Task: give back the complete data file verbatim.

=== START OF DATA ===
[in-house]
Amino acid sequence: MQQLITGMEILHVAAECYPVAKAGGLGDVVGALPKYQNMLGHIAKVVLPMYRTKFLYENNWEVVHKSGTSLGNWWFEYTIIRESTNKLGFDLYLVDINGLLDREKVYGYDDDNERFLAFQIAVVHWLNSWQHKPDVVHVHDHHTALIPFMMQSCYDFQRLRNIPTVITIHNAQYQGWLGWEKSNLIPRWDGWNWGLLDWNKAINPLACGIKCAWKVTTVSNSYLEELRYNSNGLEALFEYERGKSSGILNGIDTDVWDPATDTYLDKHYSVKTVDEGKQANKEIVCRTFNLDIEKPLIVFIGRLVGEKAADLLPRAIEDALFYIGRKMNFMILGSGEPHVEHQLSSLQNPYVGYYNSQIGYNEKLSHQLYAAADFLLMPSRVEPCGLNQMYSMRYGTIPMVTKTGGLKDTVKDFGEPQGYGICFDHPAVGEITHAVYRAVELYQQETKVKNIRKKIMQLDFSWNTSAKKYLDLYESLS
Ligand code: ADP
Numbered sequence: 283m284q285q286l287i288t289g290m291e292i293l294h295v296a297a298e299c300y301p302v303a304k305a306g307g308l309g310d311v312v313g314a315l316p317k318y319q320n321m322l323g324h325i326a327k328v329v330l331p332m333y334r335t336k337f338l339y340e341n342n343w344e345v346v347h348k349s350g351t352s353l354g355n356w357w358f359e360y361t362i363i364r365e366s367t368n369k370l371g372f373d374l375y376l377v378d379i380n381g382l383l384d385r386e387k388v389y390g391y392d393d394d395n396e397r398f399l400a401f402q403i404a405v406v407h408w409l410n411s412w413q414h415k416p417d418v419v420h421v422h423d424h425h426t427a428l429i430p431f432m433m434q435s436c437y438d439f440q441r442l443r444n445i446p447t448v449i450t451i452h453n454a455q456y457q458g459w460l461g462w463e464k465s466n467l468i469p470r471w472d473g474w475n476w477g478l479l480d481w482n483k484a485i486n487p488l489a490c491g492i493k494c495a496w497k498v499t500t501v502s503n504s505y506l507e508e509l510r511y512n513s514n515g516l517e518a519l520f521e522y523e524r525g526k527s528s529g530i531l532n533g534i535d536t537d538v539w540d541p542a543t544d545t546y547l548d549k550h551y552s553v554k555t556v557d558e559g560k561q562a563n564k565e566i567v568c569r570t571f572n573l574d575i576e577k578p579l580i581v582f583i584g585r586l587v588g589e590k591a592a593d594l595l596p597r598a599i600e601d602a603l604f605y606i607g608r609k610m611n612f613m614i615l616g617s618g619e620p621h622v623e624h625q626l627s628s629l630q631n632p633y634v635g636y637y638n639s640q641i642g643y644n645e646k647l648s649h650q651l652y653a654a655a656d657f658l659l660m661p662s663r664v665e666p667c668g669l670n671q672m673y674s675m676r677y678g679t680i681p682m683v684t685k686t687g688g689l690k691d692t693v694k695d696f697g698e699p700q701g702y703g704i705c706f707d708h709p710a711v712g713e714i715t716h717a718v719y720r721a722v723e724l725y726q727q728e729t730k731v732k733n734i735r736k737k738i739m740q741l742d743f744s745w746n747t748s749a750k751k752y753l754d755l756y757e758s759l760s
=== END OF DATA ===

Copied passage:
[in-house]
Amino acid sequence: MQQLITGMEILHVAAECYPVAKAGGLGDVVGALPKYQNMLGHIAKVVLPMYRTKFLYENNWEVVHKSGTSLGNWWFEYTIIRESTNKLGFDLYLVDINGLLDREKVYGYDDDNERFLAFQIAVVHWLNSWQHKPDVVHVHDHHTALIPFMMQSCYDFQRLRNIPTVITIHNAQYQGWLGWEKSNLIPRWDGWNWGLLDWNKAINPLACGIKCAWKVTTVSNSYLEELRYNSNGLEALFEYERGKSSGILNGIDTDVWDPATDTYLDKHYSVKTVDEGKQANKEIVCRTFNLDIEKPLIVFIGRLVGEKAADLLPRAIEDALFYIGRKMNFMILGSGEPHVEHQLSSLQNPYVGYYNSQIGYNEKLSHQLYAAADFLLMPSRVEPCGLNQMYSMRYGTIPMVTKTGGLKDTVKDFGEPQGYGICFDHPAVGEITHAVYRAVELYQQETKVKNIRKKIMQLDFSWNTSAKKYLDLYESLS
Ligand code: ADP
Numbered sequence: 283m284q285q286l287i288t289g290m291e292i293l294h295v296a297a298e299c300y301p302v303a304k305a306g307g308l309g310d311v312v313g314a315l316p317k318y319q320n321m322l323g324h325i326a327k328v329v330l331p332m333y334r335t336k337f338l339y340e341n342n343w344e345v346v347h348k349s350g351t352s353l354g355n356w357w358f359e360y361t362i363i364r365e366s367t368n369k370l371g372f373d374l375y376l377v378d379i380n381g382l383l384d385r386e387k388v389y390g391y392d393d394d395n396e397r398f399l400a401f402q403i404a405v406v407h408w409l410n411s412w413q414h415k416p417d418v419v420h421v422h423d424h425h426t427a428l429i430p431f432m433m434q435s436c437y438d439f440q441r442l443r444n445i446p447t448v449i450t451i452h453n454a455q456y457q458g459w460l461g462w463e464k465s466n467l468i469p470r471w472d473g474w475n476w477g478l479l480d481w482n483k484a485i486n487p488l489a490c491g492i493k494c495a496w497k498v499t500t501v502s503n504s505y506l507e508e509l510r511y512n513s514n515g516l517e518a519l520f521e522y523e524r525g526k527s528s529g530i531l532n533g534i535d536t537d538v539w540d541p542a543t544d545t546y547l548d549k550h551y552s553v554k555t556v557d558e559g560k561q562a563n564k565e566i567v568c569r570t571f572n573l574d575i576e577k578p579l580i581v582f583i584g585r586l587v588g589e590k591a592a593d594l595l596p597r598a599i600e601d602a603l604f605y606i607g608r609k610m611n612f613m614i615l616g617s618g619e620p621h622v623e624h625q626l627s628s629l630q631n632p633y634v635g636y637y638n639s640q641i642g643y644n645e646k647l648s649h650q651l652y653a654a655a656d657f658l659l660m661p662s663r664v665e666p667c668g669l670n671q672m673y674s675m676r677y678g679t680i681p682m683v684t685k686t687g688g689l690k691d692t693v694k695d696f697g698e699p700q701g702y703g704i705c706f707d708h709p710a711v712g713e714i715t716h717a718v719y720r721a722v723e724l725y726q727q728e729t730k731v732k733n734i735r736k737k738i739m740q741l742d743f744s745w746n747t748s749a750k751k752y753l754d755l756y757e758s759l760s